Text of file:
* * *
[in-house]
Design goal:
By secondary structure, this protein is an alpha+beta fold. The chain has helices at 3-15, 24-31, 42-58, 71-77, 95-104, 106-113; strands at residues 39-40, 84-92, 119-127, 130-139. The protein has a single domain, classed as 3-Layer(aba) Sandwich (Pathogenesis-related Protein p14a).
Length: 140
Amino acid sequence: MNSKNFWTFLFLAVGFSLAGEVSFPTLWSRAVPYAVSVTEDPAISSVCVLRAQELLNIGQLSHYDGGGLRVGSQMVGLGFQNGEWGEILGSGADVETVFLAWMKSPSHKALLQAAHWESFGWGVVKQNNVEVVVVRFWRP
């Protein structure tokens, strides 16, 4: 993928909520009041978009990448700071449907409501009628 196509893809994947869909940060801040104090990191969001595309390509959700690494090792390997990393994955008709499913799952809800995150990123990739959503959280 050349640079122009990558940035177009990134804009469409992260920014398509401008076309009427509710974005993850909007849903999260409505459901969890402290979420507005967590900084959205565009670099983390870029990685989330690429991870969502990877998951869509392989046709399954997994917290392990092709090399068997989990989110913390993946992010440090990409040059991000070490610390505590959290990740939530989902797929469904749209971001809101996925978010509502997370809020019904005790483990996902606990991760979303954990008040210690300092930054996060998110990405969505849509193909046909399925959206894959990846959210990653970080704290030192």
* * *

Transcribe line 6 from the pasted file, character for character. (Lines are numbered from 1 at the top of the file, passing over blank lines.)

């Protein structure tokens, strides 16, 4: 993928909520009041978009990448700071449907409501009628 196509893809994947869909940060801040104090990191969001595309390509959700690494090792390997990393994955008709499913799952809800995150990123990739959503959280 050349640079122009990558940035177009990134804009469409992260920014398509401008076309009427509710974005993850909007849903999260409505459901969890402290979420507005967590900084959205565009670099983390870029990685989330690429991870969502990877998951869509392989046709399954997994917290392990092709090399068997989990989110913390993946992010440090990409040059991000070490610390505590959290990740939530989902797929469904749209971001809101996925978010509502997370809020019904005790483990996902606990991760979303954990008040210690300092930054996060998110990405969505849509193909046909399925959206894959990846959210990653970080704290030192």